The Hammam was a creative and social space for women that promoted self-organisation and creative identity.
From 2016- 17 I co-created spaces and creative projects with residents at Katsikas refugee camp, Epirus, Greece. In a refugee camp day to day life is overwhelmingly determined by factors outside of the residents’ control.
All the spaces, programs, events and interventions I co-created with residents aimed to combat the disempowering rhythms of refugee camp life.
The women in the camp requested a safe space. There was a ruined Hammam in Ioannina (the nearest city to the refugee camp). Inspired by this cultural overlap (according to some historians there were around 40 ancient Hammams still operating in Aleppo up until 1970) and the meaning of the word (the “spreader of warmth”), I decided to transform an empty ISO box into a Hammam.
Inside the Hammam
I fundraised for sewing machines which were used for repairs and creative projects (including making slippers and curtains).
The Hammam held an important function in creating, eliding, adapting and transforming social identity in an empowering way within a self-determined context.
Documentation and representation
Ethically engaged and negotiated documentation is a key part of creating empowering and progressive representation.
Some of these images were taken by me, some by residents and some by Tommy Chavannes (who worked as communications coordinator for Lighthouse Relief Hellas).
The Hammam also seeded a range of cultural programs that spread into the nearest city (like puppet making with Antrala puppet theatre) and supported intercultural networking and connection.
1951 Refugee Convention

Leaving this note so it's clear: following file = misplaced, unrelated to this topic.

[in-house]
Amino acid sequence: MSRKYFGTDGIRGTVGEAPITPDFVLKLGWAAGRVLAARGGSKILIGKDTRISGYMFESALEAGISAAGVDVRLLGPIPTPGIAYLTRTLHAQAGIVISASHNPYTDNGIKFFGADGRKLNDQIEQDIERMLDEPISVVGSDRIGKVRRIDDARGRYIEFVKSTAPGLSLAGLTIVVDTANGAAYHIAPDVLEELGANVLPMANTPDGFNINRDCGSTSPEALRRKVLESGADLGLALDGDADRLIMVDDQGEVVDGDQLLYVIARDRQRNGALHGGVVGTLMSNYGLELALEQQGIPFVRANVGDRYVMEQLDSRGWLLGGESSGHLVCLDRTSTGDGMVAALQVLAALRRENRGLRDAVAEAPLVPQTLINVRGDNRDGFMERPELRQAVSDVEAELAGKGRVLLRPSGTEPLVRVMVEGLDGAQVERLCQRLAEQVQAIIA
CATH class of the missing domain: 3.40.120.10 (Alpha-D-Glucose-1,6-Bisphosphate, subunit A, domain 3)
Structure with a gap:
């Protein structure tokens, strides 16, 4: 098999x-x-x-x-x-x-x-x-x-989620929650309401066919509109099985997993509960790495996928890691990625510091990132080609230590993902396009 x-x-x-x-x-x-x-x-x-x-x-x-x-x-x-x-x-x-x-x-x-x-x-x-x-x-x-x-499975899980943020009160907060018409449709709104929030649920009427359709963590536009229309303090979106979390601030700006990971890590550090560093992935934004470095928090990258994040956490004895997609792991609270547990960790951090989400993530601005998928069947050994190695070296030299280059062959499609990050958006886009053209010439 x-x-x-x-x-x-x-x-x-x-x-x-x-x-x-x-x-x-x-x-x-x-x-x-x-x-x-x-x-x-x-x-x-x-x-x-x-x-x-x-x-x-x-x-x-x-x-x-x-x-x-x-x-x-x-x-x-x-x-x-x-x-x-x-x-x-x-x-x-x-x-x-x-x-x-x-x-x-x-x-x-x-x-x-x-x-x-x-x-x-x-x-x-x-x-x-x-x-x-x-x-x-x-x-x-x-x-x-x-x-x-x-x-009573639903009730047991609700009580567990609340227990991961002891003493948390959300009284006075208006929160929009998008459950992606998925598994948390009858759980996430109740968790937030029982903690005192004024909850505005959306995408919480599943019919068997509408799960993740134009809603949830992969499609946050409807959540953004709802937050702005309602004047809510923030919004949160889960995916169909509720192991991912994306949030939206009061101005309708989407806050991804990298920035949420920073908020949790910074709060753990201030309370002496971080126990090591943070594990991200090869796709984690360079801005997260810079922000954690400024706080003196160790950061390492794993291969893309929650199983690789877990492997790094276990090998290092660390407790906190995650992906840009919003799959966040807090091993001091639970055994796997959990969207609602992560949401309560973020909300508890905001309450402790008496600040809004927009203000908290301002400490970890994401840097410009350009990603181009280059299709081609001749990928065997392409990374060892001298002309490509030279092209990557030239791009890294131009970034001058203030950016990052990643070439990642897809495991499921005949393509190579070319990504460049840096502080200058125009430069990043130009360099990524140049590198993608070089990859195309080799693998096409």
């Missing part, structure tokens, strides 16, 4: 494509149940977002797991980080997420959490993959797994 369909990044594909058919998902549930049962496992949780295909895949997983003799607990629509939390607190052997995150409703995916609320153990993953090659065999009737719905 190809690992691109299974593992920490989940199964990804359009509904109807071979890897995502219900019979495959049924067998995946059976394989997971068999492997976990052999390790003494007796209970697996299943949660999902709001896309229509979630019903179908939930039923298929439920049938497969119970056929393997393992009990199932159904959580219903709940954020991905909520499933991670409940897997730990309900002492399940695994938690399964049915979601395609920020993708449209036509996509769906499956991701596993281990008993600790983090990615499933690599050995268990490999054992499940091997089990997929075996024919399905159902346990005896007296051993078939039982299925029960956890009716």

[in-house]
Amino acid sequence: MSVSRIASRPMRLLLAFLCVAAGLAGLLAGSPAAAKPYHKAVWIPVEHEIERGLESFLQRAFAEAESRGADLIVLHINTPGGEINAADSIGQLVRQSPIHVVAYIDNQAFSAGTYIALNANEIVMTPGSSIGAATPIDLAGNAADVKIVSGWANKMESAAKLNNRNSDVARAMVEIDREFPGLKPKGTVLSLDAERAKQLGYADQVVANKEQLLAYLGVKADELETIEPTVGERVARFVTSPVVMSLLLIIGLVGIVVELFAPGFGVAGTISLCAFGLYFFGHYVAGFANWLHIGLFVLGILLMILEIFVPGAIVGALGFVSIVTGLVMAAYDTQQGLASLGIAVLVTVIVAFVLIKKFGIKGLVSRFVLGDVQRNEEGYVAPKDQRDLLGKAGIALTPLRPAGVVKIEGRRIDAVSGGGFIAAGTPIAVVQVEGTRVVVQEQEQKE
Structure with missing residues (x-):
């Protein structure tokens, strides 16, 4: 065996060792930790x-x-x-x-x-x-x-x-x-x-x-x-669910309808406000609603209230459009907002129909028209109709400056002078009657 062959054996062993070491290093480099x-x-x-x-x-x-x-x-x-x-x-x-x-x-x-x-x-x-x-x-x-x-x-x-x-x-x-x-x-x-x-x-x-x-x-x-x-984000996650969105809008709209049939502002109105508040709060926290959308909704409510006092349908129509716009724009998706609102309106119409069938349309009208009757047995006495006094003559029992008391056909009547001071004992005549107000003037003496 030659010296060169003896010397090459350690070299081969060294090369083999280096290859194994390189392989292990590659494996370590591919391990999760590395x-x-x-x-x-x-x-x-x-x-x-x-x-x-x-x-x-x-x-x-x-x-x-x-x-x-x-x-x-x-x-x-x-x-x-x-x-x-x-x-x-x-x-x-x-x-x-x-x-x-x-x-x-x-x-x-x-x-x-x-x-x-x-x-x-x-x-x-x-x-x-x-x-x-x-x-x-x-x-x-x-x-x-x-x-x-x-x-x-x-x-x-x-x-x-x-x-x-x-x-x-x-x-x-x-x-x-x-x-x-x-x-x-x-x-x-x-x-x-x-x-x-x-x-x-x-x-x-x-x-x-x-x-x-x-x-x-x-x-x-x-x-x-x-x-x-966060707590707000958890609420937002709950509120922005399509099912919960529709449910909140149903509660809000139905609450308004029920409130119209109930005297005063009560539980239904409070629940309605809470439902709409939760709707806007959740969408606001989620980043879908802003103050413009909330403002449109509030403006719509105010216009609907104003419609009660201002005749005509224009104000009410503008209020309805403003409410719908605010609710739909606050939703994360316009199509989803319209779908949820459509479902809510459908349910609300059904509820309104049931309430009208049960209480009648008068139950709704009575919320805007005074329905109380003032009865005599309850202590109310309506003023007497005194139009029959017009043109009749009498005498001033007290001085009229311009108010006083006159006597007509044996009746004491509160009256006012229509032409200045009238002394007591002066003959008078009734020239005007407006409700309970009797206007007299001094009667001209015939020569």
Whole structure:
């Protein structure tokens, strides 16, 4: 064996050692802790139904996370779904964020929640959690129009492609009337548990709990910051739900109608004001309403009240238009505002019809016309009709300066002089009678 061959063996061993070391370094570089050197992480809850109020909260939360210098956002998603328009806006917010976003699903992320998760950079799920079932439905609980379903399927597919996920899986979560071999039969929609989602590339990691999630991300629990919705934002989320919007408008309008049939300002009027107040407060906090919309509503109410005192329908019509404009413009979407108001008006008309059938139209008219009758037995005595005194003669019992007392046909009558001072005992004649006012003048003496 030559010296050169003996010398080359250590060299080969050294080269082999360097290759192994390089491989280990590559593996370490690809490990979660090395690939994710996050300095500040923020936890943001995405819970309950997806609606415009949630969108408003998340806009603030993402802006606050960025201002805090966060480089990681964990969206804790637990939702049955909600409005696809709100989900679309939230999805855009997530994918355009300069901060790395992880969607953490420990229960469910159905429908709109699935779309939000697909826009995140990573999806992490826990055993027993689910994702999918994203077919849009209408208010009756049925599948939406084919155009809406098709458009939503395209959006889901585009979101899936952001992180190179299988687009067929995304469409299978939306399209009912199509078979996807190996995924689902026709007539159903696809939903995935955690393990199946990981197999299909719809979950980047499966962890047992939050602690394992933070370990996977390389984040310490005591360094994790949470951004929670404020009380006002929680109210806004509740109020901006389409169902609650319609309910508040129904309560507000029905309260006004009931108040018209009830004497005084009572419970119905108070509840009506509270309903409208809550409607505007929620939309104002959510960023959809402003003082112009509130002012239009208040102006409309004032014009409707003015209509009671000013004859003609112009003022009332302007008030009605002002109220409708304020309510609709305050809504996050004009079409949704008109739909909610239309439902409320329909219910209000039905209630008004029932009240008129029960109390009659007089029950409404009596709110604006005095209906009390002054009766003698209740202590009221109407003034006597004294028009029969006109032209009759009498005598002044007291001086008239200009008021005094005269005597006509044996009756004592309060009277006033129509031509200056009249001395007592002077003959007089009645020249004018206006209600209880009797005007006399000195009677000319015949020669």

Ongoing detention of refugees is contrary to the objectives of the 1951 Refugee Convention. The longer a camp exists the lower the annual international funding and the greater the implications for human rights are.
The 2016 crisis
In 2016 people seeking sanctuary and safety became trapped in the middle of a European political stalemate. In the spring of 2016 I went to a refugee camp in Dunkirk. Here I learned about the situation in Greece which was a crisis point
In the summer of 2016 I travelled to Epirus, Northern Greece to volunteer in a closed camp for Yazidi people. This was set up by the UNHCR but there were very few support agencies on the ground.
I worked with about 300 women in this camp collaborating with a group of seamstresses to co-create a textile and clothes making project. My work was noted by an NGO working in a neighbouring camp. I was invited to work with them at Katsikas camp so when the Yazidi women I worked with were relocated I went to work there.
In 2016-17 I established a creative engagement program, exhibition and outreach program in collaboration with residents from Katsikas refugee camp, Greece.
At Katsikas camp there were between 300-650 residents from Syria, Lebanon, Afghanistan, Iraq. I collaborated with residents in the camp to establish a creative engagement program.
Communities of Practice
I co-created spaces inside the camp with residents and developed broader engagement projects that connected people to the city and agitated for integration through organising cultural projects and events.
These events and projects created networking opportunities between Greek locals and refugee residents, paved the way for self-organisation, cultural integration and challenged ghettoization.
My connection to Lighthouse Relief Hellas and CalAid gave me official permission to work in the camps, access to volunteers and a €200 monthly stipend (which I used on materials). My work was self-funded, self motivated and self generated.